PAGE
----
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Damn The Torpedoes, Full Speed Ahead!

What are the concerns that currently threaten to torpedo the legal profession? There are lots of theories, but I'll put my money on a few threats that might not occur to some folks: Fear, uncertainty and misguided stereotypical thinking.

Ironic? I certainly think so, because defense against fear, uncertainty and/or stereotypical thinking are precisely the reasons that lawyers are hired by clients. We can't seem to protect ourselves from the very things that others hire us to vanquish or overcome, on their behalf!

Statistics confirming that lawyers suffer disproportionally from a variety of both "hard" and "soft" mental health challenges, are thoroughly documented, and widely known. And yet-- in spite of the statistical reality staring us in the face-- the legal profession churns relentlessly forward, refusing to invest in the well-being of the men and women who enable the profession to perpetuate, and thrive.

Is it really the case that highly trained, disciplined lawyers can protect their clients, but not themselves? Is it greed, or professional indifference? Or is it something even more fundamental than that? Maybe it's something hiding in plain sight. Something like (cue music)-- the billable hour-- the alter at which the legal profession worships.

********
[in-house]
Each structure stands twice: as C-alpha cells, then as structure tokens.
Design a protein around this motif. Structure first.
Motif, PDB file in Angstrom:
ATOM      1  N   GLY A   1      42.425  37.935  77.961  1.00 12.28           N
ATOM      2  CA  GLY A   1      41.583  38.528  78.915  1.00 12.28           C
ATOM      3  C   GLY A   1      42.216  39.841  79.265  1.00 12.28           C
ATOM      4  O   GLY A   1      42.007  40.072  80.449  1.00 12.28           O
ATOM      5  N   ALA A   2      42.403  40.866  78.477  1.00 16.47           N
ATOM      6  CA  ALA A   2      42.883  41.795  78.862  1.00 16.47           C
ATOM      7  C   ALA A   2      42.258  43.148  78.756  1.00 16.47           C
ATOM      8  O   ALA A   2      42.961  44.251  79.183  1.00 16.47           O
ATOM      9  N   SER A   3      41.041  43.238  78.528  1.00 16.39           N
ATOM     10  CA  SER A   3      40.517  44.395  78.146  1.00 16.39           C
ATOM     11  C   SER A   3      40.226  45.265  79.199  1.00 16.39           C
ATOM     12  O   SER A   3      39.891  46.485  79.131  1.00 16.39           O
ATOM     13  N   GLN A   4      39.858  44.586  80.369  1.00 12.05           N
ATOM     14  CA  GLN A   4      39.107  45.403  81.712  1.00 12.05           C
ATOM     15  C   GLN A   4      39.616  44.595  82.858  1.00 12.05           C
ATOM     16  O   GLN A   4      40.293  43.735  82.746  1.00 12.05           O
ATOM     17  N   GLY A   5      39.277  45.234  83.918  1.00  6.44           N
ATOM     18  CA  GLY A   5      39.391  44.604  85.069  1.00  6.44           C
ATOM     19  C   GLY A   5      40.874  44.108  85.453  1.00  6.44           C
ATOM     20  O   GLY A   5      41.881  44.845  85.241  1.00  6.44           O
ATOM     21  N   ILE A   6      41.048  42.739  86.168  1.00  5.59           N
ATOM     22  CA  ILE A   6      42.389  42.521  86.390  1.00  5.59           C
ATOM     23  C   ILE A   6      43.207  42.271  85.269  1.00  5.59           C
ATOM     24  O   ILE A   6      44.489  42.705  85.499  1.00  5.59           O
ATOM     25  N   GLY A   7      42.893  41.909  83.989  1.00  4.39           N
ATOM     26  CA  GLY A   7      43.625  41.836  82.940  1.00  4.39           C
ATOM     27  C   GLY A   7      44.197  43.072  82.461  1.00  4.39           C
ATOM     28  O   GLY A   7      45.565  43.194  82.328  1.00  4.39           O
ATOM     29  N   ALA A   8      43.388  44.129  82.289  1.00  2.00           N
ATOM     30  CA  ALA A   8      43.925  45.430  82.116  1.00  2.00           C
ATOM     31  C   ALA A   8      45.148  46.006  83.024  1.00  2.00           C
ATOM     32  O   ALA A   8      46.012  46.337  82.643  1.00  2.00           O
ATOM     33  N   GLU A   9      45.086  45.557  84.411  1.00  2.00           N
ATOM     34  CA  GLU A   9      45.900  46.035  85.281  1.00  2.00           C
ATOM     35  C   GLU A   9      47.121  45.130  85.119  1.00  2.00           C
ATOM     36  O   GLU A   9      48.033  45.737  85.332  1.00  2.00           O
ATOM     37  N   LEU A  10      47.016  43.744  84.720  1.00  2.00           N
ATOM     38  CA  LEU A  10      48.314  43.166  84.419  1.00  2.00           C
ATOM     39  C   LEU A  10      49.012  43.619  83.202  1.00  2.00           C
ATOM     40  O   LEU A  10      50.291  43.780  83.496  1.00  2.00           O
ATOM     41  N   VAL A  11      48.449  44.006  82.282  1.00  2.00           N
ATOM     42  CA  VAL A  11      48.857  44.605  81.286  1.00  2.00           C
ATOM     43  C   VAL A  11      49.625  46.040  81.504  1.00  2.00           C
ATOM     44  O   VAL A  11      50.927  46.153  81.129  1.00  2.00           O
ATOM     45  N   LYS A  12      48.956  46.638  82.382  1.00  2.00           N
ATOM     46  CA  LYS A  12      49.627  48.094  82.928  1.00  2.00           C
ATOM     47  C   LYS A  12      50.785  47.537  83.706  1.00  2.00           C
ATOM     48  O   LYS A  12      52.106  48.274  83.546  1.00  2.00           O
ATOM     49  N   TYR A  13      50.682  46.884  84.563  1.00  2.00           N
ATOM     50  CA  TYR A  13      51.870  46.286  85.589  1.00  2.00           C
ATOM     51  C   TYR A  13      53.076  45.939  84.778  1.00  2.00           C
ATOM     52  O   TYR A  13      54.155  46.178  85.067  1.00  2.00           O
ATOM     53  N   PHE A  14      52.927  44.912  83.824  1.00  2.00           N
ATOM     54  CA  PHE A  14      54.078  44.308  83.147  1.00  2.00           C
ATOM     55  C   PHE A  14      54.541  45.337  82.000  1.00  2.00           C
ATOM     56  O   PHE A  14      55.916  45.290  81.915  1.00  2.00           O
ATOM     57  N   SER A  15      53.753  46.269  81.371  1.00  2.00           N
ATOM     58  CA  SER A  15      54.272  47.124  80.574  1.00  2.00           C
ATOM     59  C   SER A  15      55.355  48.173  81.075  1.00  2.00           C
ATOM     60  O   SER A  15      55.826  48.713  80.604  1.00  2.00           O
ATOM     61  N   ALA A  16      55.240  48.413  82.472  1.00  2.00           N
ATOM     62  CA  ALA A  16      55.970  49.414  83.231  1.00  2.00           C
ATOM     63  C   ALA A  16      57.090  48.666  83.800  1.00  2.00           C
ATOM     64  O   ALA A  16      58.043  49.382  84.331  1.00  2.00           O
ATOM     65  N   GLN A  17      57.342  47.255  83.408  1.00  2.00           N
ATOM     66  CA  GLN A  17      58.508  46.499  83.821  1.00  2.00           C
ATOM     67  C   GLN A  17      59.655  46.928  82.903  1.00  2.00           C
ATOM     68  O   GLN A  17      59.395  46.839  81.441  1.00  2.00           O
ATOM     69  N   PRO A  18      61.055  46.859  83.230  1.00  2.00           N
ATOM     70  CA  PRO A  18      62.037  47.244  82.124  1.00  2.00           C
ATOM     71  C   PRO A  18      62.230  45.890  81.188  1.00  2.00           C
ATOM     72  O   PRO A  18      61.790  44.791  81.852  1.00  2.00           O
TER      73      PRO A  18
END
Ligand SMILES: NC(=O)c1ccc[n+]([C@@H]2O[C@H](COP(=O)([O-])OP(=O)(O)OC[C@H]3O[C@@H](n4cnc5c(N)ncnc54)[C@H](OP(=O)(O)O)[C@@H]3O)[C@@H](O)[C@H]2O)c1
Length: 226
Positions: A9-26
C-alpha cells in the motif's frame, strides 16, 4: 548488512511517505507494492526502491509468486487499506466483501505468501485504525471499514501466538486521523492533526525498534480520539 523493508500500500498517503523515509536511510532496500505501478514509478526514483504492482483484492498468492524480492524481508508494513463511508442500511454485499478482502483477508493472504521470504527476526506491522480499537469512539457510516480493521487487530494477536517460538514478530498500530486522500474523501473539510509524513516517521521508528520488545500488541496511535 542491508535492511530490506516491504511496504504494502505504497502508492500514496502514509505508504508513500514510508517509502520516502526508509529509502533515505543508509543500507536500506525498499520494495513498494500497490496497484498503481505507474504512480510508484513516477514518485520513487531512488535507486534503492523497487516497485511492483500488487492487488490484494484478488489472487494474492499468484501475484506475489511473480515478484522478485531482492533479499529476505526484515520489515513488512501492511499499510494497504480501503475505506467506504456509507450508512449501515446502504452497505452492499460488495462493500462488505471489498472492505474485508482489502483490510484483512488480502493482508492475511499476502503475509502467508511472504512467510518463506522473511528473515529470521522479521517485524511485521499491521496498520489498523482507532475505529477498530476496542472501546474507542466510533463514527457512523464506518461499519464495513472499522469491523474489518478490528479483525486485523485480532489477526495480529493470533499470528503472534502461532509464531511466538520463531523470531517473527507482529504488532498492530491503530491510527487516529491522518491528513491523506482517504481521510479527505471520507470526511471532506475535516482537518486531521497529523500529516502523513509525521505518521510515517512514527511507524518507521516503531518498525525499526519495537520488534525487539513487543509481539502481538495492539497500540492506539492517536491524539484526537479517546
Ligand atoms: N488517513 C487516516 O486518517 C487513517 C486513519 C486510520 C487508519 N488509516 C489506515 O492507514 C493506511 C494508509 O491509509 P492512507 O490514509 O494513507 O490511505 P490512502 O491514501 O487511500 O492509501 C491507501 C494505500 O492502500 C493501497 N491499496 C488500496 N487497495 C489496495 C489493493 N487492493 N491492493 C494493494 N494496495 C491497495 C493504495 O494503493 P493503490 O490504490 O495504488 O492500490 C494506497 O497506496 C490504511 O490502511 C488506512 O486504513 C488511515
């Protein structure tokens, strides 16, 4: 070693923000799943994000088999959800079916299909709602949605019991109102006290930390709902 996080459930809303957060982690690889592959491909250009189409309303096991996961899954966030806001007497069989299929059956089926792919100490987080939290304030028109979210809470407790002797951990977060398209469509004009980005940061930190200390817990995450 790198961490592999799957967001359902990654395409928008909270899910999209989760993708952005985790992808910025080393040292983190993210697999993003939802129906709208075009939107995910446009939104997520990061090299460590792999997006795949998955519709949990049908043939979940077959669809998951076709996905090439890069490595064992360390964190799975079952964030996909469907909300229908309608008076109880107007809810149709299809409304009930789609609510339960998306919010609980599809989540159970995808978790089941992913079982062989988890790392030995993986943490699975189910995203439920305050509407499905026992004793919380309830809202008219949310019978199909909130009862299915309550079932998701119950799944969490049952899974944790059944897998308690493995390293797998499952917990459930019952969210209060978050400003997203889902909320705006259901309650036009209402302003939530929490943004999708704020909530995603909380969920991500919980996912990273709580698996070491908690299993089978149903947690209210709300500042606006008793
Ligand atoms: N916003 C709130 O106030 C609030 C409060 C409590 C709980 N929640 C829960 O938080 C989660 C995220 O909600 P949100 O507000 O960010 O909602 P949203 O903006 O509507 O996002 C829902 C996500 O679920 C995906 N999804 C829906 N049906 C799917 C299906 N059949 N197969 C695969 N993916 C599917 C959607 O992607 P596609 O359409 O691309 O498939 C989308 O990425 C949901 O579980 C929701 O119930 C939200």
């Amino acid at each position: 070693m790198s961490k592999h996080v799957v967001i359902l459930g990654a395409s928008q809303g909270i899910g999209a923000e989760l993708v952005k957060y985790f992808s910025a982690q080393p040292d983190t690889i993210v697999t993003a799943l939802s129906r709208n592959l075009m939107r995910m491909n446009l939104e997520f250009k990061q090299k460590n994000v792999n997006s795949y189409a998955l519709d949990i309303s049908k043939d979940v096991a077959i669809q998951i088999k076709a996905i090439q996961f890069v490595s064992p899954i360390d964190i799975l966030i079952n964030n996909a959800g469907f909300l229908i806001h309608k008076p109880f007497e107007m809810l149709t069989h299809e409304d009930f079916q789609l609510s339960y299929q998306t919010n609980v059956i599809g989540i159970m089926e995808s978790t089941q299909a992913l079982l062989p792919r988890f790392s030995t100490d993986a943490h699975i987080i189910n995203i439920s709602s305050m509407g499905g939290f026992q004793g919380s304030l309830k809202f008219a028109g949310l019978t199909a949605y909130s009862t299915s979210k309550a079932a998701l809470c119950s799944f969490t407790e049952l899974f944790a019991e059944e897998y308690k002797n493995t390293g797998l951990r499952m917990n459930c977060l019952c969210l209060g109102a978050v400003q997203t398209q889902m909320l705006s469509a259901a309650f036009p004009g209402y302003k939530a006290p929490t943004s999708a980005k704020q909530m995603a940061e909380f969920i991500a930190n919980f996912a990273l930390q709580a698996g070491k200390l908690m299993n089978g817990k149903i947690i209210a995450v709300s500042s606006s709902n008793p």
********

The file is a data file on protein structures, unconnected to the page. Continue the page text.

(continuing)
It may have taken lawyers a millennium or two to figure it out-- the billable hour was first implemented only within the last hundred years-- but figure it out, we did. For the benefit of our professional finances, one would suppose. And, sadly, to the detriment of our personal well-being. It seems that the law of unintended consequences affects lawyers, just like everyone else!

Climate change is an inconvenient truth that has received a lot of attention over the past few years-- appropriately so. Another equally compelling "inconvenient truth", is the truth we are finally discovering about lawyer well-being, which has been ignored far too long.

Damn the torpedoes? I'm totally OK with that sentiment-- I don't advocate throwing the baby out, with the bathwater. But, rather than rush ahead to meet the torpedoes at full speed, maybe we can slow down a bit, and consider haw the torpedoes might be dealt with, in a more skillful manner?

Maybe we should take account of unintended (and unforeseen) consequences of the billable hour, rather than stubbornly adhere to the way things have "always" been done (for the last one hundred years)?

Maybe we should mindfully meditate about the torpedoes that are coming our way, and see what comes up!


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